Parents were asked whether they felt that children learnt more from spontaneous play or through the use of educational toys. Eleven parents saw the benefits of both types of play/toys for healthy development of their child, whilst three parents believed spontaneous play to be more beneficial and only two parents believed that educational toys were more beneficial to spontaneous play.

    One parent at interview discussed the differences in children and explained that his eldest child had been very interested at five in educational toys especially jigsaw puzzles and Lego blocks, where the younger child at five enjoyed nothing more than running around in the garden and pretending to be different people in different situations.

    It could then be argued that parents also need to acquire this view, if they want their child to fully benefit from the EYFS.

    50% of parents still believe that the real learning happens later when children are introduced to a more traditional curriculum. Wardle (1987) suggests that more and more parents expect their young children to be learning academic skills and there is no room left for child centred play. Petrie and Hollaway, (2006) also suggest some parents may not be aware of the opportunities for learning that are embedded in a play-oriented curriculum.

    Limitations of the study

    As with many research studies, this study also had its limitations. The research was not testing a hypothesis and the results from the data are only relevant to the specific setting in which I collected them from.

    Lindon (2001) continues by suggesting that it is through Piaget's beliefs that children create their own understanding of the world, which led him to highlight that adults should create environments which children can discover and learn by themselves. Cadwell (2003) suggests an example of this is the preschools of northern Italy, Reggio Emilia which are strongly influenced by the theories of Piaget.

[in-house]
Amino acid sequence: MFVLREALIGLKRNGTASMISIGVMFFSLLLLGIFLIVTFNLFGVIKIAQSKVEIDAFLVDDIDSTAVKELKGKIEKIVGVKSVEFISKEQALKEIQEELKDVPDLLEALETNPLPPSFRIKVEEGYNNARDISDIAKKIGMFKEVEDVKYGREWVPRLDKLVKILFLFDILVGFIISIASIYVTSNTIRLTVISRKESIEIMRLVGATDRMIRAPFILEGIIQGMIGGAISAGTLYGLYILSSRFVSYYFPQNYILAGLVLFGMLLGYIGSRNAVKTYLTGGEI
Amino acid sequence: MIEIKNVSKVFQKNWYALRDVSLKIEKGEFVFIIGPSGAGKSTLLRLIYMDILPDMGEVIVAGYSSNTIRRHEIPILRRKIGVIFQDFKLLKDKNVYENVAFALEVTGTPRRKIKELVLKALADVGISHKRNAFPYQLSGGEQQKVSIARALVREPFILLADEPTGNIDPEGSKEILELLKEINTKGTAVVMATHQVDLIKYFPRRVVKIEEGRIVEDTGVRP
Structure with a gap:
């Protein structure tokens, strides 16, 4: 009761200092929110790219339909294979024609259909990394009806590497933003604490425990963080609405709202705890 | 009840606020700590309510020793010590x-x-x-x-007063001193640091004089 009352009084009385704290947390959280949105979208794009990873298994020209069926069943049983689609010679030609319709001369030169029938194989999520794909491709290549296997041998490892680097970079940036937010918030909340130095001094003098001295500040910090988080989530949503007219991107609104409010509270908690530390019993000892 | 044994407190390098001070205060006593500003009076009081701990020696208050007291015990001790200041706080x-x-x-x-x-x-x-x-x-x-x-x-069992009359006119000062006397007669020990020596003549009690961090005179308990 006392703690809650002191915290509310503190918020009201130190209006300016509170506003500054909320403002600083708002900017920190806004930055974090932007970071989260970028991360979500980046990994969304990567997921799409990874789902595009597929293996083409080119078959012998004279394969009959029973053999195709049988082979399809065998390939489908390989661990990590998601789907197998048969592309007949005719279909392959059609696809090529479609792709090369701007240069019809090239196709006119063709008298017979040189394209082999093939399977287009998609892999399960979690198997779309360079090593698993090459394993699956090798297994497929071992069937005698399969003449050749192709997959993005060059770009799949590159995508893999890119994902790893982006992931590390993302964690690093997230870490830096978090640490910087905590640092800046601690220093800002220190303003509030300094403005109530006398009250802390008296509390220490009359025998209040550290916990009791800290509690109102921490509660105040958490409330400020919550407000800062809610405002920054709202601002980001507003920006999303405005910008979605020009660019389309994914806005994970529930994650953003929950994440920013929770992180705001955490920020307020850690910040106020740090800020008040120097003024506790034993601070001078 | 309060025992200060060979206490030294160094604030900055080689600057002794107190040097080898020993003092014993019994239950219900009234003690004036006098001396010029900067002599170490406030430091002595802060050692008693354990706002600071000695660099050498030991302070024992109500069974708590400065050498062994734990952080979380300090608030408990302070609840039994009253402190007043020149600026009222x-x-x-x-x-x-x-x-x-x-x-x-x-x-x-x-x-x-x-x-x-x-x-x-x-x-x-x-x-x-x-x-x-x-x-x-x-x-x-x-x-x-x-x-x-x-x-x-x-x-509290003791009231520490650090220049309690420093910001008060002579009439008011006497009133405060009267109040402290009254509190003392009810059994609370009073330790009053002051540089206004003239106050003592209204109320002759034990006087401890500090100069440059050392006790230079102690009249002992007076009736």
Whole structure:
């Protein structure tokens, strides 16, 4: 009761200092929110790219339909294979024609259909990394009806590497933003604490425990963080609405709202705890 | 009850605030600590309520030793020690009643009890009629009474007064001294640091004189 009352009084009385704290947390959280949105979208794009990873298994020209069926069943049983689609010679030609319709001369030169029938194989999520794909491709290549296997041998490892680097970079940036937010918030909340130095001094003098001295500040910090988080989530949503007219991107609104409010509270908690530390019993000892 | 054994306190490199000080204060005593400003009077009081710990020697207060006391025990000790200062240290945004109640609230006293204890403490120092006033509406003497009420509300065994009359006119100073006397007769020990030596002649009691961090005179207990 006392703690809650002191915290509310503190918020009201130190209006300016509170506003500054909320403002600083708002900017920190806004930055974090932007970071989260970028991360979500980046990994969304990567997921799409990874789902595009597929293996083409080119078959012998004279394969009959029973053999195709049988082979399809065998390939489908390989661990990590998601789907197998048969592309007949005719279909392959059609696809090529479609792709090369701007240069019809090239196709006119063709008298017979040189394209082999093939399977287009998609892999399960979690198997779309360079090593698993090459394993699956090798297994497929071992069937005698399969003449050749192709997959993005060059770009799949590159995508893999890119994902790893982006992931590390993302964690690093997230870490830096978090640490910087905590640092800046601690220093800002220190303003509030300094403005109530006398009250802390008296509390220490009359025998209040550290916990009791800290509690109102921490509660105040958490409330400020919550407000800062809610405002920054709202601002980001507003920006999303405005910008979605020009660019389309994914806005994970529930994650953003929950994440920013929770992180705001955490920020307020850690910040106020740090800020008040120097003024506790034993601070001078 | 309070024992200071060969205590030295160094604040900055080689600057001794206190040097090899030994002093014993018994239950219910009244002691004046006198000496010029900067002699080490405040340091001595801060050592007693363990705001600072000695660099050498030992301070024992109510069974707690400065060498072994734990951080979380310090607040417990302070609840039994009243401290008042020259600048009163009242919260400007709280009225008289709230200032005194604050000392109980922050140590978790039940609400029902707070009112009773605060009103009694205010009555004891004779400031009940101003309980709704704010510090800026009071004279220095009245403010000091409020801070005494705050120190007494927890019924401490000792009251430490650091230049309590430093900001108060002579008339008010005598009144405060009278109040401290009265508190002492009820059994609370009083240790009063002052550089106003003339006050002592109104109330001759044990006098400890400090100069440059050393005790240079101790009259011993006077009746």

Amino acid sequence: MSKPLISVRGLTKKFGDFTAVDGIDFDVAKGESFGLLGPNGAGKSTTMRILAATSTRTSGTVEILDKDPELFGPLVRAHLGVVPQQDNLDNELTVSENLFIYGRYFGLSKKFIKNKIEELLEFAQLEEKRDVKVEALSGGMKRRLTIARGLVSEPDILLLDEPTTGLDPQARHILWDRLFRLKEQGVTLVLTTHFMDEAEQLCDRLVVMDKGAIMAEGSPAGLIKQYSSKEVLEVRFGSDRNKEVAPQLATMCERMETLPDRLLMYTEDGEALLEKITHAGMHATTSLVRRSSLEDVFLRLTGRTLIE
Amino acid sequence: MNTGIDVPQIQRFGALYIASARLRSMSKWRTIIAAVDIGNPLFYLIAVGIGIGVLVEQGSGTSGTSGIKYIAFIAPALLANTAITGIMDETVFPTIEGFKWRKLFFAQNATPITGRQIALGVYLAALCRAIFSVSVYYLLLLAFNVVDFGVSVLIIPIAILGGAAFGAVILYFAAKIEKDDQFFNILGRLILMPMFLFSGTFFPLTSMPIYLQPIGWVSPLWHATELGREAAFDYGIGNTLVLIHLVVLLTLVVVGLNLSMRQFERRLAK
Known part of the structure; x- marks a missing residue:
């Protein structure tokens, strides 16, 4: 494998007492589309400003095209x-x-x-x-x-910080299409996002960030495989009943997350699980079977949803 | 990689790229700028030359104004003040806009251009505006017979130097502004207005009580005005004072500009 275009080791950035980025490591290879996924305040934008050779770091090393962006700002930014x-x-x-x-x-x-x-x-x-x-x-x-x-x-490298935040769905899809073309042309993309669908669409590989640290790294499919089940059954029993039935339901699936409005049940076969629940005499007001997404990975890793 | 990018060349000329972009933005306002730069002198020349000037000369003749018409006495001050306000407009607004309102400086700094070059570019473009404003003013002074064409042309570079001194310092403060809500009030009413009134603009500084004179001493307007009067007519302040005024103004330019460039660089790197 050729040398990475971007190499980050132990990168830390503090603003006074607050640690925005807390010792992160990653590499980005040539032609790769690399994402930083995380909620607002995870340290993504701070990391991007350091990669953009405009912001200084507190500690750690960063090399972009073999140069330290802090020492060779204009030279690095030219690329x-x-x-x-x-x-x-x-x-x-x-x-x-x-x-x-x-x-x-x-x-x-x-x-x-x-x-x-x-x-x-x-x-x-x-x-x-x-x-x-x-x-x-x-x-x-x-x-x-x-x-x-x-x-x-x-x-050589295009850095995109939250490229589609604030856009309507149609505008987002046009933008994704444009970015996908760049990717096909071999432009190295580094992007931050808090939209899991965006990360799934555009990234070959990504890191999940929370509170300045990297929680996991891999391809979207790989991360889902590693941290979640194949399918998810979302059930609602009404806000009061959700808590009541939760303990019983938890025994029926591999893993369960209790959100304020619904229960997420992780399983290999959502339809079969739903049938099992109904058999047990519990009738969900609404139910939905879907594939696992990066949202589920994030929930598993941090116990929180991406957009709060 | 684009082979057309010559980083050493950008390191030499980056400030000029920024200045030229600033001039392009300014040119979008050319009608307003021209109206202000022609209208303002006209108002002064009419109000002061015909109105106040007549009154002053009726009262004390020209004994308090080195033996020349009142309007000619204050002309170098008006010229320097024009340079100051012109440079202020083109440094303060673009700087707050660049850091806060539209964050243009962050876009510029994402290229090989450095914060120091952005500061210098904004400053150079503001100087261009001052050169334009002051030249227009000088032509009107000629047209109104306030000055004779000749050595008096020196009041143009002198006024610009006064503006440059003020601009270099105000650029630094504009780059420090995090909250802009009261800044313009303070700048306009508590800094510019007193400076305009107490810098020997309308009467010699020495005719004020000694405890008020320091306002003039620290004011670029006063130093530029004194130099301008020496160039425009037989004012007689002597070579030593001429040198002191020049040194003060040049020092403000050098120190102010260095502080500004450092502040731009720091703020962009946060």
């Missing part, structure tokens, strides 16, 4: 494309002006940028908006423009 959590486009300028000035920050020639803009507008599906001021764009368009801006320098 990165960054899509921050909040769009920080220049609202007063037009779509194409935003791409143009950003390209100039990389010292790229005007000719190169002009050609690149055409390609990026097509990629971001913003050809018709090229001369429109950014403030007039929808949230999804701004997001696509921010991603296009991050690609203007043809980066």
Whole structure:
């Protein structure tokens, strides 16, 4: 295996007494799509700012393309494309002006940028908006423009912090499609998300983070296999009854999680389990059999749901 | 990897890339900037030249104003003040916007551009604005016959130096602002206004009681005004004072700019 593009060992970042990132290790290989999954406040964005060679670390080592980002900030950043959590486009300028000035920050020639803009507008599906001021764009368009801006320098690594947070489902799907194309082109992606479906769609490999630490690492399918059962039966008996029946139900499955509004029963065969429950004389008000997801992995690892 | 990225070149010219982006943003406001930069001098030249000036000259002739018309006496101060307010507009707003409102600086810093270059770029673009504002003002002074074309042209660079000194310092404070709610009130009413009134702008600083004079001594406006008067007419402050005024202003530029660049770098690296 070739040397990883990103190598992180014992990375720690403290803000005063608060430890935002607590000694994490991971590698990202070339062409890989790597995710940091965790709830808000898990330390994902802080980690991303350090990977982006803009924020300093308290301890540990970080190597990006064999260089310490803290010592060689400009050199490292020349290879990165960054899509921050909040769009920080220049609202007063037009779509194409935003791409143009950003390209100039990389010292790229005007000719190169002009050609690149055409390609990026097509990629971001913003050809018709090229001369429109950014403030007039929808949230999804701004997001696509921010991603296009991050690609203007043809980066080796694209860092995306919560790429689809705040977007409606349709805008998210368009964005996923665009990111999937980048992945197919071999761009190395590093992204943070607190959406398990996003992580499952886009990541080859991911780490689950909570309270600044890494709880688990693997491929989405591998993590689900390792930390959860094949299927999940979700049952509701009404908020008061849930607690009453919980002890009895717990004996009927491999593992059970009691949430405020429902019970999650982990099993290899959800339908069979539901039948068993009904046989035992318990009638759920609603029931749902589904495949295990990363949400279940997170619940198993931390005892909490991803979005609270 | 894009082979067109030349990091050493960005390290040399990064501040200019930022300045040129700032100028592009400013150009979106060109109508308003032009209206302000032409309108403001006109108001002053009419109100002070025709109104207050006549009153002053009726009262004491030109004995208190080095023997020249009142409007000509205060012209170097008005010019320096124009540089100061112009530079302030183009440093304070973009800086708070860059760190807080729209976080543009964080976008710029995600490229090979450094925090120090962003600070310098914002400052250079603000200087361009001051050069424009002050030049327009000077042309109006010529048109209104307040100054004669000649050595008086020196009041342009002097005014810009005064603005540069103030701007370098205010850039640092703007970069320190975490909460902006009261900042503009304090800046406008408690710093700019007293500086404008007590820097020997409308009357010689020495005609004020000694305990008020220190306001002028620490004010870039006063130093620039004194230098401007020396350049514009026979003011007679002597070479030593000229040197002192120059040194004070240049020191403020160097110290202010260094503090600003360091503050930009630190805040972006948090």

Vygotsky as cited in Garhart Mooney (2000) agreed with Piaget that children's knowledge was created from personal experiences; although Vygotsky suggests that personal and social experiences can not be separated and that children learn from each other every day, their language develops and they grasp new ideas as they speak to each other, listen to each other and play together.

    To as not to assume anything, I asked the parents if they knew about the six areas of learning. 69% of the parents who completed the questionnaire were not aware of the six areas of learning. The parents were then given the headings of the six areas of learning and asked to score the areas one to six with one being the area in which they felt play would be the most beneficial and six being the least.

    Parents felt that play would be the least beneficial in supporting learning in the area of Problem solving, reasoning and numeracy. This trend was continued through the discussions with the participants in the interviews, with participants saying:

    "I can see how play helps teach the children social skills and communication, and physical development, I think the least beneficial would be the maths things" (Parent 1)

    "I think the most beneficial would be the social and emotional things and knowledge of the world and least probably the maths" (Parent 2)

    Play based curriculum

    The last theme centred around parent's views on a play based curriculum for their child in the EYFS.